|RCI ACTION COMMITTEE
Seven Days a Week - Defending Radio Canada International - Canada's Voice to the World
RCI and CBC
Media coverage of RCI
|Committee back after Administration Attempt to Stop Us
Union Support from CBC/Radio-Canada Unions Across Canada
On October 31, 2001, in an unprecedented move, RCI's administration tried to shut down the RCI Action Committee.
In a memo sent to all RCI staff, Jean Larin, the Manager of the RCI "Redeployment" listed a number of articles both from the employees' collective agreement as well as the Journalistic Standards and Practices of the CBC.
As a result, the weekly meeting of the Action Committee planned for that very day was cancelled, and all communications with non-CBC personnel concerning the RCI situation were stopped until legal advice could be given from the employees' union.
Among the articles mentioned in Larin's memo are the following from the Journalistic Practices:
2.4.6 (a) Employees may not engage in activities likely to bring the Corporation into disrepute.
2.4.6 (b) Employees may not take a stand on public controversies if, by doing so, the Corporation's integrity would be compromised...."
This is the first time employees have been told to stop talking about what is going on at RCI, since they started their battle 11 years ago to protect RCI's mandate. (For details see What's Going on?)
"Why is the administration so afraid of what we are saying?" asks Committee spokesman Wojtek Gwiazda.
"All we are asking is that CBC's own Program and Corporate policies, as they affect RCI, are respected and obeyed."
Since June of 2001, a "Redeployment Plan" has radically cut down on news and current affairs programs, cut in half the popular Russian and Ukrainian broadcasts, and reduced staff and resources.
All of this is happening in a fiscal year in which the $15.5 million budget of RCI had a surplus.
It should be noted that CBC/Radio-Canada is only supposed to administer this budget, it does not contribute to it. The totality of the budget comes from the ministry of Canadian Heritage, which has been constantly informed of the situation, but has not moved to stop the cuts.
The employees' concerns started when a memo from CBC President Robert Rabinovitch in April of 2001 failed to include English and French programming produced by RCI as part of the list of broadcasts that would continue. The staff got together, formed an Action Committee and asked for clarifications from the then RCI Director, Robert O'Reilly.
One month later, a massive series of cuts were announced that were to take effect at the beginning of June.
Before and after the cuts came into effect, the Committee has called for a moratorium on cuts and face to face discussions with the administration, both with the CBC vice president responsible for RCI, Sylvain Lafrance, and with the CBC President.
In a rare meeting with staff in June, Lafrance explained CBC/Radio-Canada's policy vis-Ó-vis RCI: "maximum synergy, maximum integration" with and into the domestic service.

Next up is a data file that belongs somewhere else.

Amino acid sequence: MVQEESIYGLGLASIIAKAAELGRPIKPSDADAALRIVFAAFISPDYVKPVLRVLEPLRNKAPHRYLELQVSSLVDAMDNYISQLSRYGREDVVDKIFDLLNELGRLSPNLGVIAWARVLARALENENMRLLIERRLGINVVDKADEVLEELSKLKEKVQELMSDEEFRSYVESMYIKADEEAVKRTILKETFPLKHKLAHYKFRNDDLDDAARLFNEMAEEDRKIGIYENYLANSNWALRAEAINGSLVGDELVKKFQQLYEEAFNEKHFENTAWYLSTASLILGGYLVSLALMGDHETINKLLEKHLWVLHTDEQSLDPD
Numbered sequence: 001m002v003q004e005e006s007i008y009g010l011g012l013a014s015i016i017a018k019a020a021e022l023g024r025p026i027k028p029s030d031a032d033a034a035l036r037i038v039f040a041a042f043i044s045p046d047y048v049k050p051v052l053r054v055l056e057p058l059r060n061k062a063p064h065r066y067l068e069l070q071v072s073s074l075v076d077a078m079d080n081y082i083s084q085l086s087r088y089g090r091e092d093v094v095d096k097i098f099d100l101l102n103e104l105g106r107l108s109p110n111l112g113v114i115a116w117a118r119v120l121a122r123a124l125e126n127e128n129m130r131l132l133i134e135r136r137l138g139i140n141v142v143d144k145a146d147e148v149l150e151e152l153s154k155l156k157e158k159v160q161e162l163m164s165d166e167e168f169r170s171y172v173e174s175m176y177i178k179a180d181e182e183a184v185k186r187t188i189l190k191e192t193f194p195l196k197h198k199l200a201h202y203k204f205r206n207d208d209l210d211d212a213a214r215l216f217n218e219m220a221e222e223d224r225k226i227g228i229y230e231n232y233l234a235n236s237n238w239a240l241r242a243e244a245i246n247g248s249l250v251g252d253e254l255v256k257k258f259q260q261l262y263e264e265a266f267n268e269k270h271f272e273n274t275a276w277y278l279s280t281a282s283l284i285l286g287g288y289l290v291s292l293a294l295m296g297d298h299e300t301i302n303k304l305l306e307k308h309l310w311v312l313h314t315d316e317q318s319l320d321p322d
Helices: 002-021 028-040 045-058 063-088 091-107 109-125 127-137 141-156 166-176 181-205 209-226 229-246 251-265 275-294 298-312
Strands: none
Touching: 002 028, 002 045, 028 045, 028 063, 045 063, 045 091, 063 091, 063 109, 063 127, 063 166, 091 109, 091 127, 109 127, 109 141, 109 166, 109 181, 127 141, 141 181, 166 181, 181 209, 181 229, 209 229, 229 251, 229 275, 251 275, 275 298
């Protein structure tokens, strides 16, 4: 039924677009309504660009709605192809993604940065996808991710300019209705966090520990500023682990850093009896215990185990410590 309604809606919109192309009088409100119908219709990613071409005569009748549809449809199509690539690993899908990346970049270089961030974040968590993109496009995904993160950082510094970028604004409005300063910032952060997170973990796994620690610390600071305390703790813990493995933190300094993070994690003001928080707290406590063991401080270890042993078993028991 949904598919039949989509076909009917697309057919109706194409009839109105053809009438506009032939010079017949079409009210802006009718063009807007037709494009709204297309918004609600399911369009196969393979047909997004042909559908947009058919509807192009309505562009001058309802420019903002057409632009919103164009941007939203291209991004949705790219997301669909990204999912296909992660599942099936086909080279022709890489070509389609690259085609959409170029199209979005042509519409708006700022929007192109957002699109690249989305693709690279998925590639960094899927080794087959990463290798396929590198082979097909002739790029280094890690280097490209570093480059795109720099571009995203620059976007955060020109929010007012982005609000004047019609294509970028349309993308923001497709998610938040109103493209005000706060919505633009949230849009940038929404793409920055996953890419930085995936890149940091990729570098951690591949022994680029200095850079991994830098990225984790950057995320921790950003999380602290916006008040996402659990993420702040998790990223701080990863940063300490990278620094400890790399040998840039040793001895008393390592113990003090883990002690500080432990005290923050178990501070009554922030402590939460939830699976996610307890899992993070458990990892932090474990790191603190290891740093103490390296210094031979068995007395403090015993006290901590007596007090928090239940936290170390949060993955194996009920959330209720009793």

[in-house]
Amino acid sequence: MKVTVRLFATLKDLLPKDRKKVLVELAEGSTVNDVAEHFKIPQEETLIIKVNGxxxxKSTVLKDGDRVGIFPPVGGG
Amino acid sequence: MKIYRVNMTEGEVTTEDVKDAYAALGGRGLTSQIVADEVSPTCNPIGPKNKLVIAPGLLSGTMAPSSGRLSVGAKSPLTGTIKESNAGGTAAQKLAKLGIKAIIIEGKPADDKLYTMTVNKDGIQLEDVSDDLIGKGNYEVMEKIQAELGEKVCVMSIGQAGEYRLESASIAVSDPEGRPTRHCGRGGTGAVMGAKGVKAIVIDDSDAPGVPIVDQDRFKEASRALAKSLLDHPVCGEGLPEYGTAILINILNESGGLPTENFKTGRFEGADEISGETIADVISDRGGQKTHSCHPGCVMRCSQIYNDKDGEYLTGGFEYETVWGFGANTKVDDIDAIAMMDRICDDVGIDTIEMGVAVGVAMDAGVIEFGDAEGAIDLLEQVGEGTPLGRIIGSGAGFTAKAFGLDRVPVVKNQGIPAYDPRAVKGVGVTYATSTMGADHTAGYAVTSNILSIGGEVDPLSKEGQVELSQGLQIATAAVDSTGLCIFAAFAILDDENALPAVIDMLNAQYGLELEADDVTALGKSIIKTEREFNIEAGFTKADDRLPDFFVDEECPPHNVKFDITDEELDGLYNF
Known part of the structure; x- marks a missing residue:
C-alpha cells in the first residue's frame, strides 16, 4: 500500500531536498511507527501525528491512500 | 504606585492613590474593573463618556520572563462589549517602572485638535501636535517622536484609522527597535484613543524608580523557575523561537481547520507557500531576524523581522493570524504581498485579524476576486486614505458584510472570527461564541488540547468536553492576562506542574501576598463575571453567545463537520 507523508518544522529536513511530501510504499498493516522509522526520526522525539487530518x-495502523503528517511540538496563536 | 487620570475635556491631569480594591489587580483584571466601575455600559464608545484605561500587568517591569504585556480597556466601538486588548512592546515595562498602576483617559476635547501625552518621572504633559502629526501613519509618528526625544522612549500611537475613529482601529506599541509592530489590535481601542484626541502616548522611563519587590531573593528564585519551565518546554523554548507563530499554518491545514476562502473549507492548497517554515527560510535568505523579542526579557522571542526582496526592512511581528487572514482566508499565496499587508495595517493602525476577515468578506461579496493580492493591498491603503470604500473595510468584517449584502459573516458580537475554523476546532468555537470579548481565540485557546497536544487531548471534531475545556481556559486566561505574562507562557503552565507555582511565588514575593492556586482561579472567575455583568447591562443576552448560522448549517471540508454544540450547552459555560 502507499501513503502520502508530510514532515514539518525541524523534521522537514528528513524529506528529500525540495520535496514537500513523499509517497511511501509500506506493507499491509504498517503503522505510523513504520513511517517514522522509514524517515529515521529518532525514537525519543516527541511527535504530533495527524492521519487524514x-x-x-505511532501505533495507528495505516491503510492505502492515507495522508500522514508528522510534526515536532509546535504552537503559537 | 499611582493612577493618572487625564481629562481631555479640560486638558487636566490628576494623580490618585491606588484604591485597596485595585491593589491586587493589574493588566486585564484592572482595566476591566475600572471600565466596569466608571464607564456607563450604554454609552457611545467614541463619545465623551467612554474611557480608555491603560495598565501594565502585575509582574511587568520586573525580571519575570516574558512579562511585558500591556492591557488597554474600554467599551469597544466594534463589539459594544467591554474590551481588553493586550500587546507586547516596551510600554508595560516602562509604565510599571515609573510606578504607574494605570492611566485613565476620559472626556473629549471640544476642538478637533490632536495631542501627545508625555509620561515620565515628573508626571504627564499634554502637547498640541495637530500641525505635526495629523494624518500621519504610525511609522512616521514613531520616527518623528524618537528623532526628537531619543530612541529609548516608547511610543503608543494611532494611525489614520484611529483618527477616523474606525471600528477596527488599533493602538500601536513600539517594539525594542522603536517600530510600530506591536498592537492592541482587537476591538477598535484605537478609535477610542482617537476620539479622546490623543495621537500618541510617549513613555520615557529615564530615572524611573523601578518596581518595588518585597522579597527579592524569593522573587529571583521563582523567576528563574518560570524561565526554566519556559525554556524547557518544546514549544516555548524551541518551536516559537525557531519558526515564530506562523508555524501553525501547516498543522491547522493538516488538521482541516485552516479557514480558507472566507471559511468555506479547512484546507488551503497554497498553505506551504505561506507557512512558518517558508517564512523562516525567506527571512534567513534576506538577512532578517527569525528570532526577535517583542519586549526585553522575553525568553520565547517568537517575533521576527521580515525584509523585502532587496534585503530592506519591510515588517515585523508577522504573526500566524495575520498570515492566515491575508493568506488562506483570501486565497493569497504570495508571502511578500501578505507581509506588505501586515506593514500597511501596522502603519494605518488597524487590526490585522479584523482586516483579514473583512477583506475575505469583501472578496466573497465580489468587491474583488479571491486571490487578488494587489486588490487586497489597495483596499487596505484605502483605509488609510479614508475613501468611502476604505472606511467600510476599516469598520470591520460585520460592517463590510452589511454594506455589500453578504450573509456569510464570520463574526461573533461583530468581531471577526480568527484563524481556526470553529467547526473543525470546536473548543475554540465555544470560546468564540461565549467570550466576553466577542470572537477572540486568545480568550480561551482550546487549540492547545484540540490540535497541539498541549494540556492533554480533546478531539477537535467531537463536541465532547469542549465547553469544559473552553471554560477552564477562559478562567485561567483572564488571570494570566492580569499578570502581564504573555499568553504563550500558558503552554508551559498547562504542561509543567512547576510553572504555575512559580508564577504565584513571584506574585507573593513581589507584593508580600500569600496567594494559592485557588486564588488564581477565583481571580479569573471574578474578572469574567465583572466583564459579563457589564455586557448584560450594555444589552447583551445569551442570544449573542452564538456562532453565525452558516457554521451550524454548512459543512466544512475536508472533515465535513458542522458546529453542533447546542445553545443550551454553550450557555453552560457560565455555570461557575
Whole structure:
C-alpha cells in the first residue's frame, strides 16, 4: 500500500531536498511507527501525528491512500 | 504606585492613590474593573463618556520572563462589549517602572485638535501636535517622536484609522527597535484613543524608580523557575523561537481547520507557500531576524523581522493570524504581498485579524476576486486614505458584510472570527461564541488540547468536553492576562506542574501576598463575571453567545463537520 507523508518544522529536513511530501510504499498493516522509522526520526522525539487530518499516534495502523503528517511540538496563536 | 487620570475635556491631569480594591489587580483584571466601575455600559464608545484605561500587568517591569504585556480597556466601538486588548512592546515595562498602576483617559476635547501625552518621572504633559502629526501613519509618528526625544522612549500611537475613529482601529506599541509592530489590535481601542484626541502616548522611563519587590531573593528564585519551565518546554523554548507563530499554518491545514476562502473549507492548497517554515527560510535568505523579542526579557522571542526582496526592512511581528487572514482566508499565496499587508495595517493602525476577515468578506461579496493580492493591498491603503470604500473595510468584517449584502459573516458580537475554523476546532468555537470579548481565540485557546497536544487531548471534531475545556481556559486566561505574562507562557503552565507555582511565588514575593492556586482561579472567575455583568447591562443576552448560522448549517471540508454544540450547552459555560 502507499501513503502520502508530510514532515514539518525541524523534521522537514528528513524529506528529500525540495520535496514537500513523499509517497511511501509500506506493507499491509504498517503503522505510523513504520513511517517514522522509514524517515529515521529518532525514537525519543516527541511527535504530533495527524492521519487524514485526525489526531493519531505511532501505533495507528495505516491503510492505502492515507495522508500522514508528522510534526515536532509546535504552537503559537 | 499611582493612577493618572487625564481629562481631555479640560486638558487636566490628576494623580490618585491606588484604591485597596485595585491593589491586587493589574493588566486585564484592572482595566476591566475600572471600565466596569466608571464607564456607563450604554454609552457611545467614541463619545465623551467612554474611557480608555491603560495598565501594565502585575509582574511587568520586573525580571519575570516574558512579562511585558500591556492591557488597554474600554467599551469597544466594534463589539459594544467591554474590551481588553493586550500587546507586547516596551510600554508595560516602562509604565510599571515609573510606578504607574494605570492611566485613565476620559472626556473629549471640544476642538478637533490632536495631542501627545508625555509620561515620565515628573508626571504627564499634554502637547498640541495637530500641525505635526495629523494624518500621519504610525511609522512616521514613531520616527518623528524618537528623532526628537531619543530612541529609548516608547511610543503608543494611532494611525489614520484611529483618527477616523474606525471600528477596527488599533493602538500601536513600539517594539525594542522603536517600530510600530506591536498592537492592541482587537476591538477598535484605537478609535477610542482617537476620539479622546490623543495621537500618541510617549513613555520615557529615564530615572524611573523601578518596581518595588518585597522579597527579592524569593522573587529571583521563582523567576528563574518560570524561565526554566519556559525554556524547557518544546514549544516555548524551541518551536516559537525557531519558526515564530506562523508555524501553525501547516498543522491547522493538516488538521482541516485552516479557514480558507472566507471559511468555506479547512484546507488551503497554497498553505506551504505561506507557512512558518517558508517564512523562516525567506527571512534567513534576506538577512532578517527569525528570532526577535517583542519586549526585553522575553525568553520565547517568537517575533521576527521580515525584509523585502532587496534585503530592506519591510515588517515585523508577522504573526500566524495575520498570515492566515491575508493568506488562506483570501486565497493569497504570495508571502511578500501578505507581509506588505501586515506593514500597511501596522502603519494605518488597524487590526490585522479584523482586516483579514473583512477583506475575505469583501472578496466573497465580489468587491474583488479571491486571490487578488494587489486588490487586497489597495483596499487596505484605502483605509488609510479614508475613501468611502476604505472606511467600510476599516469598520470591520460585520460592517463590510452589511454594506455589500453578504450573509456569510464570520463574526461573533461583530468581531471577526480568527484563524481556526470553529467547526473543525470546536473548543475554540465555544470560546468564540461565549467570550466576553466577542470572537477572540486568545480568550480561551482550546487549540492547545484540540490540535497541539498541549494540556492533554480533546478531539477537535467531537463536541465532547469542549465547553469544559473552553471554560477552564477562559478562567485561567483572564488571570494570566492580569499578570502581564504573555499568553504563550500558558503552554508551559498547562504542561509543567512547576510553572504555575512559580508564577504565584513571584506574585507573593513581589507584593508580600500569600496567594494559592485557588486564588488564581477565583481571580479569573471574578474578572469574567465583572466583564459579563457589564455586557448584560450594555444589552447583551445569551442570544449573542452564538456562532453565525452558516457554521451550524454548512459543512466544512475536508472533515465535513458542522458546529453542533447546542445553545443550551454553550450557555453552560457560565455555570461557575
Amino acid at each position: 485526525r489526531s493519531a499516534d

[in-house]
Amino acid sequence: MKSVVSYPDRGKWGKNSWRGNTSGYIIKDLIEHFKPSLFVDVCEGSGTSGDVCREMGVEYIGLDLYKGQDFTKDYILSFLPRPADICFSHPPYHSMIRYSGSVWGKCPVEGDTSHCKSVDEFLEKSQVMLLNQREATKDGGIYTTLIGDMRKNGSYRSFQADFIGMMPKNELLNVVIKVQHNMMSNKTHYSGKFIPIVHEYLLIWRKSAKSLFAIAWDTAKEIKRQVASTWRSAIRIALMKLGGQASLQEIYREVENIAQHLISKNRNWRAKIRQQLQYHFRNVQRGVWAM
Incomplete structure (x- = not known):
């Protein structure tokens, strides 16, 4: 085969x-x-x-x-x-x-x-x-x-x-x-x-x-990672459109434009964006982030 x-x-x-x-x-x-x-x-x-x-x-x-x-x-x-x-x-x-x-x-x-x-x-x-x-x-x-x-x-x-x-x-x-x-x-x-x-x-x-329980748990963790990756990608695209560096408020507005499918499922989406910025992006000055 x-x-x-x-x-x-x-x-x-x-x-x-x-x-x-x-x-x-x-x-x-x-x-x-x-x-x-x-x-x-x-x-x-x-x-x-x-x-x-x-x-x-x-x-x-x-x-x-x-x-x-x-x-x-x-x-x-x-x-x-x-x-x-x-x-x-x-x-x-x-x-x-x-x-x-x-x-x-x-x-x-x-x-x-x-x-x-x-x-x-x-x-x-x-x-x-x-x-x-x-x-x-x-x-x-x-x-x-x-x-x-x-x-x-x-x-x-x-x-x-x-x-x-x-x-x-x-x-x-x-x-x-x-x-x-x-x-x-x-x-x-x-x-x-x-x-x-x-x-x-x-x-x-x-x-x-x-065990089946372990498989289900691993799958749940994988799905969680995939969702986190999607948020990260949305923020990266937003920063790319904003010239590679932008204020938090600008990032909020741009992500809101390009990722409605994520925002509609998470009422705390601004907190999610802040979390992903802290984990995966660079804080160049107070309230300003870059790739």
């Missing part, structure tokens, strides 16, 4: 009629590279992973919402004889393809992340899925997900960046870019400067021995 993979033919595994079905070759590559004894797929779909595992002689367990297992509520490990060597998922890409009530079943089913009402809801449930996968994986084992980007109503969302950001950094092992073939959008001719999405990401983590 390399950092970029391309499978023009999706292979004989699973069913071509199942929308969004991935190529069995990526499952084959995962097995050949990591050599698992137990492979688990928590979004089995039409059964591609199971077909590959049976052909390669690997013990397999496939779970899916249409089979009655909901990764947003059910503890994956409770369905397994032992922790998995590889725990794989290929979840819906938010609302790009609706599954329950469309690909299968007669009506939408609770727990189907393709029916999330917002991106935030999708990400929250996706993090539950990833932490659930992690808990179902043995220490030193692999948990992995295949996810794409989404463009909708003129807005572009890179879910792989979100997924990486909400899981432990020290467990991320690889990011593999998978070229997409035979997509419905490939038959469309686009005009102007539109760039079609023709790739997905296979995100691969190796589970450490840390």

At the beginning of October two representatives of the Committee met with Rabinovitch and Lafrance, but were not able to convince the two administrators to change the Corporation cuts.
By the end of October, Jean Larin, who has since been made RCI director, sent his e-mail warning employees not to speak out.
The results of the changes of the past few months has been catastrophic. Jobs have been eliminated, other positions have been transferred to the domestic service, and there have been severe program and resource cuts.
For instance, in October 2000, both the English and French services of RCI broadcast about eight newscasts a day, now it's only two in English and three in French.
The current affairs program, Canada Today and it's French equivalent Canada en direct, which were updated through the day and heard five times each day, now only broadcast twice a day. In addition, the second program is just a re-broadcast of the first. And the second half hour of each, is a re-broadcast of a pre-recorded weekend program.
The result? Suddenly, very few of our programs are live broadcasts.
As journalists, producers, and production and technical staff we are shocked at how far both RCI's and CBC's administrators are willing to go to dismantle the RCI team.
Given the seriousness of the situation at RCI, the three unions who represent the Montreal employees at RCI have increased their previous support. As well, the Action Committee has now received formal backing from all CBC/Radio-Canada unions across the country.
Following a Committee meeting on January 9, 2002, the employees decided to continue the battle to restore programming and protect RCI's mandate to be the Voice of Canada to the world.
Jean Larin Memo - Articles Cited Details
Overview "What's Going On?" Details
"CBC Brass doesn`t Understand Mandate" - Article in Ottawa Citizen Details
How to contact the Committee Details